Data leak hell for victim of domestic violence who fled to Islington

PUBLISHED: 06:30 16 August 2012

Islington Town Hall

Islington Town Hall


A mother fleeing domestic violence, who had her address published in Islington Council’s latest data leak, has described the situation as her “worst nightmare”.

Although the council didn’t initially admit to it, 10 people who had escaped from abusive partners were among the 2,400 residents whose personal details were published on the website What do They Know last month.

And one 32-year-old mother who fled a violent relationship with her young children and finally found sanctuary in Islington, says she will no longer feel safe until she moves – uprooting her young children once again.

The woman, who asked not to be identified, said: “It’s my worst nightmare and I am absolutely disgusted. I was in a violent, abusive relationship and we came to Islington to be safe.

“I don’t want to go into details, but I was sent to a women’s refuge. Then I was moved through various hostels and services, which is not nice with small children.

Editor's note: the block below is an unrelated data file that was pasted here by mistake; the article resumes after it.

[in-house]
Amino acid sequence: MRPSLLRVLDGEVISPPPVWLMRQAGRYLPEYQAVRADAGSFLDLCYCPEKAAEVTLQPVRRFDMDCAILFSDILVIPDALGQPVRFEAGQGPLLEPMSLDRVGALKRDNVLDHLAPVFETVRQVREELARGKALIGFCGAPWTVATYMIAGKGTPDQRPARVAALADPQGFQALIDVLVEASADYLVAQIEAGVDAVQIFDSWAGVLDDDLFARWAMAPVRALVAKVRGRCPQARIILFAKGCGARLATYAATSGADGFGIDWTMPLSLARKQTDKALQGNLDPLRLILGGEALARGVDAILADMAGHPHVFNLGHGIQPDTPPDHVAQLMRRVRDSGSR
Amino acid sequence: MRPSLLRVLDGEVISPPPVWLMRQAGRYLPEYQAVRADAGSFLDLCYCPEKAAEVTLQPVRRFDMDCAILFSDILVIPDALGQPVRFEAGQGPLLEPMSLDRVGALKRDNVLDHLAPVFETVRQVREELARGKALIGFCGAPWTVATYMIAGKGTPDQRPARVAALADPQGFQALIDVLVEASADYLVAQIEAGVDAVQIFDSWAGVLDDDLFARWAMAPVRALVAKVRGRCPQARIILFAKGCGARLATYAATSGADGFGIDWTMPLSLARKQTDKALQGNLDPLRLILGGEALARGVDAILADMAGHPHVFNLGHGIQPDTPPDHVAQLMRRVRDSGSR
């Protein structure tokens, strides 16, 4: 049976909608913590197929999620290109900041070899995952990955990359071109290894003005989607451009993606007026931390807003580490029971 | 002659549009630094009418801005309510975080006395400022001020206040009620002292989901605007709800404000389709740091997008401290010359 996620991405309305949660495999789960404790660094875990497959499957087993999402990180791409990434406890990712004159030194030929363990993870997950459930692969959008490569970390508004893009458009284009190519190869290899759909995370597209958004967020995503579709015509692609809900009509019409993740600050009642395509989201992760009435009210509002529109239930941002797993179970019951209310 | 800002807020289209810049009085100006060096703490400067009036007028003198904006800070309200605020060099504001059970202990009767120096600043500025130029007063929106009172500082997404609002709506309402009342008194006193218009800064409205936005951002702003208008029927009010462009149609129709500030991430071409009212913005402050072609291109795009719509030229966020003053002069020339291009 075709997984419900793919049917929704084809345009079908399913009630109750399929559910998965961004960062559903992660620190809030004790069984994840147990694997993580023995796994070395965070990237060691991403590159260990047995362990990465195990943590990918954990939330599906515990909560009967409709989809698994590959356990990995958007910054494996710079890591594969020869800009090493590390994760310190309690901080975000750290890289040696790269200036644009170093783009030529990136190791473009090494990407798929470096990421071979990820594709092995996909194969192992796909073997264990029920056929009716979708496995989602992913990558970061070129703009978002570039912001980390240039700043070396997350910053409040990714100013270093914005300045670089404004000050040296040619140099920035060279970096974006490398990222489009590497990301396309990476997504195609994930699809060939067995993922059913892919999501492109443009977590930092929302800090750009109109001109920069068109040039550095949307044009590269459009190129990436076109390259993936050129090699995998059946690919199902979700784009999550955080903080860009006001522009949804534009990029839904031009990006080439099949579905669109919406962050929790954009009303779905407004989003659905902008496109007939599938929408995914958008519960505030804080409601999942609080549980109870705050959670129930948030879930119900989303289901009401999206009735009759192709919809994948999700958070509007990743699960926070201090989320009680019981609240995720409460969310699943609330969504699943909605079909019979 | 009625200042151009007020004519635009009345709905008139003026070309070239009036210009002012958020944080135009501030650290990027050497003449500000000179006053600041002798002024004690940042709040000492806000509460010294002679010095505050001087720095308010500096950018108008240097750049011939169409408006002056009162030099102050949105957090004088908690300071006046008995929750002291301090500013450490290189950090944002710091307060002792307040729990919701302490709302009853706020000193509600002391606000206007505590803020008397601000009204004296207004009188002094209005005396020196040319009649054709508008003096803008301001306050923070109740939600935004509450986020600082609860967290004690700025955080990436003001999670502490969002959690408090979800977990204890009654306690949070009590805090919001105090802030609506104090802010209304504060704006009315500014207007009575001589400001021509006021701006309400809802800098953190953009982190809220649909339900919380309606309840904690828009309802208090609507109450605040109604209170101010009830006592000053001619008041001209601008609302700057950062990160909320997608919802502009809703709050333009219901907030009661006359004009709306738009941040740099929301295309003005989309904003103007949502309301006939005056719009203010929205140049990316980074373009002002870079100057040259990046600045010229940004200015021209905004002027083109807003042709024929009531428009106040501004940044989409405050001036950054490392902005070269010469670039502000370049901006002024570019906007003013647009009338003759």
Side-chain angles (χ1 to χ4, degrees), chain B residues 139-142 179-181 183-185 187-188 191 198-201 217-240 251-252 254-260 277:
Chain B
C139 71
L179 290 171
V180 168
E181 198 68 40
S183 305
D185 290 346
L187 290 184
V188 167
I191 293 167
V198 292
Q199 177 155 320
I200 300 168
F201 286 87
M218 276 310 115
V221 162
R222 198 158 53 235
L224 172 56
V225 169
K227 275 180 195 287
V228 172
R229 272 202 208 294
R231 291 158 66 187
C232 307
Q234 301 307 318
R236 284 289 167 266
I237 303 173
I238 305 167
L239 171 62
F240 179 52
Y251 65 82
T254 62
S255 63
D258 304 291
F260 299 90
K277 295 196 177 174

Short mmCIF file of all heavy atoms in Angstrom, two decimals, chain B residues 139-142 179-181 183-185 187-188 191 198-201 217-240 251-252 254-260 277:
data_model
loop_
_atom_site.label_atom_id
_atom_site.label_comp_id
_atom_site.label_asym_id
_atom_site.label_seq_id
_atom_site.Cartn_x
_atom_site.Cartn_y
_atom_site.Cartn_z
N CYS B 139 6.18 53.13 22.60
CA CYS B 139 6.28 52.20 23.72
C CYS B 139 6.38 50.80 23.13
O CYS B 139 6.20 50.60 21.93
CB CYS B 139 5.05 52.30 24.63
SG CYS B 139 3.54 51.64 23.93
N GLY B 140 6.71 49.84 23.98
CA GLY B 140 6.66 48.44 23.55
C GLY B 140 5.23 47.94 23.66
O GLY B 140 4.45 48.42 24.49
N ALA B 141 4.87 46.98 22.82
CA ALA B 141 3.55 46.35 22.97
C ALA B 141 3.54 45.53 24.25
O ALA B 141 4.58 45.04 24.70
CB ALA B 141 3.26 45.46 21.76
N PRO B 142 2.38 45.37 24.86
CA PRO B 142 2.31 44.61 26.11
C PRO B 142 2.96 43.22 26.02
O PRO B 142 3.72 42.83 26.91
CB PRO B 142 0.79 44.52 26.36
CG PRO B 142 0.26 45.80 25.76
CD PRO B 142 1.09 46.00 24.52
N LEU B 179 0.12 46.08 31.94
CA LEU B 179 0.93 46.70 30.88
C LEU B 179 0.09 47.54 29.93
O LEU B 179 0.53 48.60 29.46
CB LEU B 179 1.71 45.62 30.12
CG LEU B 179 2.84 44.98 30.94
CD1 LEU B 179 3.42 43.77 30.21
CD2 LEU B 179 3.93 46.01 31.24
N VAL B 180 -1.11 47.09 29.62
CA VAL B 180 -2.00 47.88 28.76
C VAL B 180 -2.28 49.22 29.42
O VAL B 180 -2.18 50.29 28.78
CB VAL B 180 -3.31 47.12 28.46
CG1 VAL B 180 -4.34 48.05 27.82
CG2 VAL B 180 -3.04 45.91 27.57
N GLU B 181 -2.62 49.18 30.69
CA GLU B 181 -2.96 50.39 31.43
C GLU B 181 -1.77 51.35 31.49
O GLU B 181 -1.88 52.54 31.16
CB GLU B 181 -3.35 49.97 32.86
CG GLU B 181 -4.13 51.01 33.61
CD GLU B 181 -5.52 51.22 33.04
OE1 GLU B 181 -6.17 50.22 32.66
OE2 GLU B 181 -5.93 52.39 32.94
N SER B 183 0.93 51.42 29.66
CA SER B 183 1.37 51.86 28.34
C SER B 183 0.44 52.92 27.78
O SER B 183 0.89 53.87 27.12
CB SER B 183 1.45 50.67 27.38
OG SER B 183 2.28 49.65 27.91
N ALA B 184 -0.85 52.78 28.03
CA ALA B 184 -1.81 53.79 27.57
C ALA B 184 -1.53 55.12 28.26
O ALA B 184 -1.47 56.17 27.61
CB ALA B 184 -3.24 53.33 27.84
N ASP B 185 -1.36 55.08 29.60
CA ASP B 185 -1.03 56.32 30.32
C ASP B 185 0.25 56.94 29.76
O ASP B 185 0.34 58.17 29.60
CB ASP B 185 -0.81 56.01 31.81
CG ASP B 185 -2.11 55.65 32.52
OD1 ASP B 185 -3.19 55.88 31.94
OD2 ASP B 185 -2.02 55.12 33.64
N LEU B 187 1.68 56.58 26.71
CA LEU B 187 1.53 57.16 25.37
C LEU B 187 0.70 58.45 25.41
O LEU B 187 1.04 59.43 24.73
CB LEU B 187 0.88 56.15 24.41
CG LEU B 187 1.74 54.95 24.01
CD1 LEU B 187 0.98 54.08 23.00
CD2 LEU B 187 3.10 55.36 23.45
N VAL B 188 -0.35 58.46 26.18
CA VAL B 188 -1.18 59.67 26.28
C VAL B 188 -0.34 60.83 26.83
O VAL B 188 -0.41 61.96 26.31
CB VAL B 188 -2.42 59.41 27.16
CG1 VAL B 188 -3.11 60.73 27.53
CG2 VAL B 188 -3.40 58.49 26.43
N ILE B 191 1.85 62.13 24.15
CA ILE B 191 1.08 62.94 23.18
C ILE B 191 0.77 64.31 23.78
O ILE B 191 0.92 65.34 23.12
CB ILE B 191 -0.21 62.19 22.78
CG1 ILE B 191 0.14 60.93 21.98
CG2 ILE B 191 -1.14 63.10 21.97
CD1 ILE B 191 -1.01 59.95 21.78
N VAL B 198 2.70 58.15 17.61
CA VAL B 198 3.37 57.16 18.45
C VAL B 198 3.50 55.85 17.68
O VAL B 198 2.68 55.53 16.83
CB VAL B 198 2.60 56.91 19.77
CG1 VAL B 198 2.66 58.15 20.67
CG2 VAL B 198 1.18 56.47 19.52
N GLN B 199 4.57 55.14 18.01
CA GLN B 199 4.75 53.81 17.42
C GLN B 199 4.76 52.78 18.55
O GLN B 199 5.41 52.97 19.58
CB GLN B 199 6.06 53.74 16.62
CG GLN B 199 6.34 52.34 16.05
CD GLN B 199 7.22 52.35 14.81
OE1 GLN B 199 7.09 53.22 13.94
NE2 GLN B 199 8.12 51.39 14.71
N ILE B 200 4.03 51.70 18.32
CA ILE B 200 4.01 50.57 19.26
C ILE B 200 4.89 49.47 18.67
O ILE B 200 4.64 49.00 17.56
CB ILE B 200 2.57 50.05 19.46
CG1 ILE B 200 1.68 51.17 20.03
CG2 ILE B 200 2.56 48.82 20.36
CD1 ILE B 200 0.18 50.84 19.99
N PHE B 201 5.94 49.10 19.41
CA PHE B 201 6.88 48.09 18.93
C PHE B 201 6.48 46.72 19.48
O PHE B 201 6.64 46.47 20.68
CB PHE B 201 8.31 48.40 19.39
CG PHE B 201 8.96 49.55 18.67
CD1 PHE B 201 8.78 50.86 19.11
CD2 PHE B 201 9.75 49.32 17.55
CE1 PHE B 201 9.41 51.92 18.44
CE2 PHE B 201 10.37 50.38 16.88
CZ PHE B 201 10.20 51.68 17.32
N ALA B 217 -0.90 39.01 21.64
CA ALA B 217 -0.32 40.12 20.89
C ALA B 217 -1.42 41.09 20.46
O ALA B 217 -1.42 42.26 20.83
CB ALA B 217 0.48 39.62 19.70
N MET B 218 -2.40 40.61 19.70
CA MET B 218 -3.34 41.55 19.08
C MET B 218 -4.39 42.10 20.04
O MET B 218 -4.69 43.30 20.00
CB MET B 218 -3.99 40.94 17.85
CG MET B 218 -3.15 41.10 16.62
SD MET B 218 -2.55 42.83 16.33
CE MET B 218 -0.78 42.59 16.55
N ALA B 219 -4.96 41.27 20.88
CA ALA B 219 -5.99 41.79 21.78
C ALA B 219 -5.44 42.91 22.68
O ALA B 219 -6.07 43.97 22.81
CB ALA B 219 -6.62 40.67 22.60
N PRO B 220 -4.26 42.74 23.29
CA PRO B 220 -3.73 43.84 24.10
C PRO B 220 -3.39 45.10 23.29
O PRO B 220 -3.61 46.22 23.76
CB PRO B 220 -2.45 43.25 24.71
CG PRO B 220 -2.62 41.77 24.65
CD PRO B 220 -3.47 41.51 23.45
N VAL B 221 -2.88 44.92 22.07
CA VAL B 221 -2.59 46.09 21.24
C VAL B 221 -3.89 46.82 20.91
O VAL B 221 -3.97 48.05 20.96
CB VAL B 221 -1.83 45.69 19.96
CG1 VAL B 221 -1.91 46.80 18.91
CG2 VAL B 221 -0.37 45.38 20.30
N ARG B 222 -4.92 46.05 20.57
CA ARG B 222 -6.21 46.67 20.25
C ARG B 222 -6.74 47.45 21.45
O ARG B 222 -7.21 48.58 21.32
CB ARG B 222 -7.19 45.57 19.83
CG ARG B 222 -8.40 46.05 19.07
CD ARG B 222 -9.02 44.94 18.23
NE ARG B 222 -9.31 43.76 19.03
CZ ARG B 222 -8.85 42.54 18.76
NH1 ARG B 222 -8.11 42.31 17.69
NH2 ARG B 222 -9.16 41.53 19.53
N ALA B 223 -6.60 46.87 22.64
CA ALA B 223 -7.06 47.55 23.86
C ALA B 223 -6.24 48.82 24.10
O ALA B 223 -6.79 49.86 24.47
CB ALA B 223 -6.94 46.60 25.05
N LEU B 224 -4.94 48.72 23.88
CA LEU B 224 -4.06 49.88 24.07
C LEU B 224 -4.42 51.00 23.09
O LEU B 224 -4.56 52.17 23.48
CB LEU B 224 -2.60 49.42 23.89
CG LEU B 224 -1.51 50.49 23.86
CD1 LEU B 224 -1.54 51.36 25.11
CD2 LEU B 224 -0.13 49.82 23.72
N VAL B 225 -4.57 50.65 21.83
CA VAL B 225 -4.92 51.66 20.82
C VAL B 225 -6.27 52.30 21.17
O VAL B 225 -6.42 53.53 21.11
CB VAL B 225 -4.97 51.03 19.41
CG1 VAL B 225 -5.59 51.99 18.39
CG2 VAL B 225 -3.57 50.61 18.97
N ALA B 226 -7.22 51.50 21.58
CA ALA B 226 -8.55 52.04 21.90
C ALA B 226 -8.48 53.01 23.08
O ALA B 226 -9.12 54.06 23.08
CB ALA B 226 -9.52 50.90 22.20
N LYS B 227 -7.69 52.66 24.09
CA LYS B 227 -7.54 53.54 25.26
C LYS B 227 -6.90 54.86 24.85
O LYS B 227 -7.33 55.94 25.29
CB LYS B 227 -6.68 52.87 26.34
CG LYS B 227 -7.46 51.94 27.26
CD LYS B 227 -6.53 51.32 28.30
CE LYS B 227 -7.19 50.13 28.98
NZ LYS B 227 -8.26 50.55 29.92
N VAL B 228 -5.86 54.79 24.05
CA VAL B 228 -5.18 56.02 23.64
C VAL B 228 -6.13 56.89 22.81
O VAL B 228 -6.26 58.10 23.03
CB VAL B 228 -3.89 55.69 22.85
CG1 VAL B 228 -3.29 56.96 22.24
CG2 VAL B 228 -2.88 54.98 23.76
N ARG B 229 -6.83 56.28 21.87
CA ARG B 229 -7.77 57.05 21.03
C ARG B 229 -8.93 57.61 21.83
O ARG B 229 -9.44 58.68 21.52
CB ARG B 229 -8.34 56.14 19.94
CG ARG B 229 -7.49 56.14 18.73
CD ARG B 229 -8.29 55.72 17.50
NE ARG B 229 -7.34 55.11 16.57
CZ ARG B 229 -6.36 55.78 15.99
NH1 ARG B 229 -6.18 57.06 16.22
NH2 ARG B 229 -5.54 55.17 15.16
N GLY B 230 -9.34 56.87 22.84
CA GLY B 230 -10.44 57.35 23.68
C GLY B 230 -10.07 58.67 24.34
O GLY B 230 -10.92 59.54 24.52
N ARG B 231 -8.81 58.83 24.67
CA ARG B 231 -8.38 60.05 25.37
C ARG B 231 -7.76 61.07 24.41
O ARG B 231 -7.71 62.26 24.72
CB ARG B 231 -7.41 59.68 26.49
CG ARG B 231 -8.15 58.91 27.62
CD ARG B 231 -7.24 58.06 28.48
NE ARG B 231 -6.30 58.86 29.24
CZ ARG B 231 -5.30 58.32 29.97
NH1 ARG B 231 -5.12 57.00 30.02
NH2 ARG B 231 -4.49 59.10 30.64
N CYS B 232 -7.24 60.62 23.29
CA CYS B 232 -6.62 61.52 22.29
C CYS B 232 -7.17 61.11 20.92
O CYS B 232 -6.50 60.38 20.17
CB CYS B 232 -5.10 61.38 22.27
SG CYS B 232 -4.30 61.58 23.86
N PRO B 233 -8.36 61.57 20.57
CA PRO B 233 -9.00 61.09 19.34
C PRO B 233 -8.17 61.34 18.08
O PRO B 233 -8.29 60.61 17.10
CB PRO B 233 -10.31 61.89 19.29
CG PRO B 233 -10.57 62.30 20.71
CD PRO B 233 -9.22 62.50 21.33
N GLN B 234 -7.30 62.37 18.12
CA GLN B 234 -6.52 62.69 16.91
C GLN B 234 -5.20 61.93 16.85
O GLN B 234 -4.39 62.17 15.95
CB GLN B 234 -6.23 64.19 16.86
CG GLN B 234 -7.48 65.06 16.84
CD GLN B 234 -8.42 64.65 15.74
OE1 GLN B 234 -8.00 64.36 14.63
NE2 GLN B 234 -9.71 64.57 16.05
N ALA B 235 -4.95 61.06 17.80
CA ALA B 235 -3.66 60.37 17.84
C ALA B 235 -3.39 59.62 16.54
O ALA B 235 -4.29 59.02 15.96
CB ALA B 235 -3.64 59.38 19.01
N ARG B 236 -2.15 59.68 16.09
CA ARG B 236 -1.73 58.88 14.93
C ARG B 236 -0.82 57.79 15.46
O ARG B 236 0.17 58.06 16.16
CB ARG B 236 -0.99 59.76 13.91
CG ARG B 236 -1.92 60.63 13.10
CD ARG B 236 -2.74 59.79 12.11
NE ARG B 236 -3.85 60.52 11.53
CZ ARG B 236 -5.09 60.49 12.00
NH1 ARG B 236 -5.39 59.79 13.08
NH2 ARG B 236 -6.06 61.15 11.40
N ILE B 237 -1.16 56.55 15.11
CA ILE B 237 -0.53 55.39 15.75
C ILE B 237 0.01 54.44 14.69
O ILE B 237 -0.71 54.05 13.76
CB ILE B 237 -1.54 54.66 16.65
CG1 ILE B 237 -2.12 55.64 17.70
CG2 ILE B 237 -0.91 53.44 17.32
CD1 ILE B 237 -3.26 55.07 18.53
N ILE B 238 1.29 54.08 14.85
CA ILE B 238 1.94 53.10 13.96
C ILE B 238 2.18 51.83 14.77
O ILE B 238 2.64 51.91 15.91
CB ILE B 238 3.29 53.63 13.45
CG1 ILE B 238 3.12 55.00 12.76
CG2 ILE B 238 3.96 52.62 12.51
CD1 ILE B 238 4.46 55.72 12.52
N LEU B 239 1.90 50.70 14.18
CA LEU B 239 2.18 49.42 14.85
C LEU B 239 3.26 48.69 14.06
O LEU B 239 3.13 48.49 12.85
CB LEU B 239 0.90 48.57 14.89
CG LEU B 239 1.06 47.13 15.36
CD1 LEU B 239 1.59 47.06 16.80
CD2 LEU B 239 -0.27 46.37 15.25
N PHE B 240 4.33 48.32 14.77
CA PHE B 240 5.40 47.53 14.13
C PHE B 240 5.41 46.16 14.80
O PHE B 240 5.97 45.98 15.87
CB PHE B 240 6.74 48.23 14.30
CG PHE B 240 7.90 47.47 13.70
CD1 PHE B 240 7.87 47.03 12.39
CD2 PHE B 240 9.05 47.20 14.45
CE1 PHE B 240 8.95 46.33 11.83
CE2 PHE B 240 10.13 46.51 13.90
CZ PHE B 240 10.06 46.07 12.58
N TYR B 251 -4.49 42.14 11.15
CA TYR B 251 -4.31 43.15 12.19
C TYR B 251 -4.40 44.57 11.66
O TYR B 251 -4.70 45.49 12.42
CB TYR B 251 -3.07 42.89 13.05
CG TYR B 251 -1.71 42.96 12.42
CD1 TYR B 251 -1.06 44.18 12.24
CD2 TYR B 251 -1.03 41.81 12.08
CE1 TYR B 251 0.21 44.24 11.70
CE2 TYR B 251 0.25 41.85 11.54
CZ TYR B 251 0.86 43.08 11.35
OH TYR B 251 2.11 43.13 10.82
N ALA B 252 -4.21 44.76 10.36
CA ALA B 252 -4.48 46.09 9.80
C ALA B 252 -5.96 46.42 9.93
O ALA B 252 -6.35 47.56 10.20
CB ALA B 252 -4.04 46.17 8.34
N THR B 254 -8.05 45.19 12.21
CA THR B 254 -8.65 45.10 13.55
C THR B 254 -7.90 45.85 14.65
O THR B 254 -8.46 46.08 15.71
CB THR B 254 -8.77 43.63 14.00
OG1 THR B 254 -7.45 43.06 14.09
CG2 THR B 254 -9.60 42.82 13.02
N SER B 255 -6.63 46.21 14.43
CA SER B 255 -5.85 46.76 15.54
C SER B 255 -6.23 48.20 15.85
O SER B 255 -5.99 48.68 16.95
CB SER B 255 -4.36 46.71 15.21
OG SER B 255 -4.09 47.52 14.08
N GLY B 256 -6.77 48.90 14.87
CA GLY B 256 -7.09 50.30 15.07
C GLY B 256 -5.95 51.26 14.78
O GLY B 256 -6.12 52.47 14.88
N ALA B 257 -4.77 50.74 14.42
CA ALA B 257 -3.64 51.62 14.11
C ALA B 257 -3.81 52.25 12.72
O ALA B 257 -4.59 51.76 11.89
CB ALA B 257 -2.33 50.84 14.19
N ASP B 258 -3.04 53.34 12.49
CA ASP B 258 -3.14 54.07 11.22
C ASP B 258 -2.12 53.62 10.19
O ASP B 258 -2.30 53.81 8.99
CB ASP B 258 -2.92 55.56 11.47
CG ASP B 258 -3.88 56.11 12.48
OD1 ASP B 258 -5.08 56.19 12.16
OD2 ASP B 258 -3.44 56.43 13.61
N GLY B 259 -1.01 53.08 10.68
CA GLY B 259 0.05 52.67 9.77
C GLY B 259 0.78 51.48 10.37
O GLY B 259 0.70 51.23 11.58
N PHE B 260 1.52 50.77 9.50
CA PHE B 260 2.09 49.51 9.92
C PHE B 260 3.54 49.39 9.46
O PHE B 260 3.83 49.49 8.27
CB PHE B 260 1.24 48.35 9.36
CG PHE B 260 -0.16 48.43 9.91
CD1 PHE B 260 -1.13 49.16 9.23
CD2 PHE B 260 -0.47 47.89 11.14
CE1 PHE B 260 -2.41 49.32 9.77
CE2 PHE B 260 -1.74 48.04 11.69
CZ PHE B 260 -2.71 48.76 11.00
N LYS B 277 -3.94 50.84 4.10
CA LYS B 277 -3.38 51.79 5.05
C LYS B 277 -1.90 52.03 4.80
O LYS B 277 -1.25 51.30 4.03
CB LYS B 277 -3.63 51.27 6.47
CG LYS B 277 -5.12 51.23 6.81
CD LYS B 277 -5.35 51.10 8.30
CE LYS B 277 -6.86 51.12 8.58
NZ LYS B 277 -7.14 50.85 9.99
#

“After a long battle, we finally got housed properly in 2010. We were settled in permanent accommodation, got to know the area and the children were doing well in school.

Now, after all that, we have to move again.”

She is concerned about the effect the leak will have on the children, as well as the possibility of further council data breaches.

“When we move, how can we be sure it won’t happen again? Everyone has a right to feel safe in their own home, but how can we?

“While we wait to move we are having more security fitted, so the children are wondering what that is for. I am constantly thinking ‘what if he finds me?’

“If he was searching for my name on the internet, which he could well be, it would have come up. That would have been like Christmas to him.”

Teresa Parker, from the charity Women’s Aid which helps victims of domestic violence, said it was vital for women to retain confidentiality when being rehoused, especially as leaving a violent relationship can often be the most dangerous time for them.

She added:“We hope that the council in this situation takes responsibility for what has happened and takes action to safely help to relocate the women concerned.”

A spokesman for Islington Council apologised for the mistake and said: “If a person is experiencing domestic violence then that is an important factor in considering a housing transfer request and so this information is noted.”

He stressed that the only details which would have identified women as domestic violence victims were the letters ‘DV’ which appeared alongside the names of 10 people on the re-housing lists.


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